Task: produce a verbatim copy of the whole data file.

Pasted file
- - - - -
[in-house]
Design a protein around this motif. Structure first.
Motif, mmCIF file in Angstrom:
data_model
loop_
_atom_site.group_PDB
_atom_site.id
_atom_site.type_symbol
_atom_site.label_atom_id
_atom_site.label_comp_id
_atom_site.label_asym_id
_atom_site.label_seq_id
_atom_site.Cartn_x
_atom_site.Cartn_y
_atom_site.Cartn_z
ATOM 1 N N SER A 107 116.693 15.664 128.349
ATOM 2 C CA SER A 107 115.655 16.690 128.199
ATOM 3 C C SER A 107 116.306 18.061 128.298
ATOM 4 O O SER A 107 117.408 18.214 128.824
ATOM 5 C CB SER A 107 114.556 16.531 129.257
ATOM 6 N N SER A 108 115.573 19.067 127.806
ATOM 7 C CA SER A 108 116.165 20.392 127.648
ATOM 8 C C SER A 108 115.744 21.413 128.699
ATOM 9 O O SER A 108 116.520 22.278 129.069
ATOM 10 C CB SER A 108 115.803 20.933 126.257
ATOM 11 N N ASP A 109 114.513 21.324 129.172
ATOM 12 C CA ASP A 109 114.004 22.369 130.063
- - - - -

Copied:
[in-house]
Design a protein around this motif. Structure first.
Motif, mmCIF file in Angstrom:
data_model
loop_
_atom_site.group_PDB
_atom_site.id
_atom_site.type_symbol
_atom_site.label_atom_id
_atom_site.label_comp_id
_atom_site.label_asym_id
_atom_site.label_seq_id
_atom_site.Cartn_x
_atom_site.Cartn_y
_atom_site.Cartn_z
ATOM 1 N N SER A 107 116.693 15.664 128.349
ATOM 2 C CA SER A 107 115.655 16.690 128.199
ATOM 3 C C SER A 107 116.306 18.061 128.298
ATOM 4 O O SER A 107 117.408 18.214 128.824
ATOM 5 C CB SER A 107 114.556 16.531 129.257
ATOM 6 N N SER A 108 115.573 19.067 127.806
ATOM 7 C CA SER A 108 116.165 20.392 127.648
ATOM 8 C C SER A 108 115.744 21.413 128.699
ATOM 9 O O SER A 108 116.520 22.278 129.069
ATOM 10 C CB SER A 108 115.803 20.933 126.257
ATOM 11 N N ASP A 109 114.513 21.324 129.172
ATOM 12 C CA ASP A 109 114.004 22.369 130.063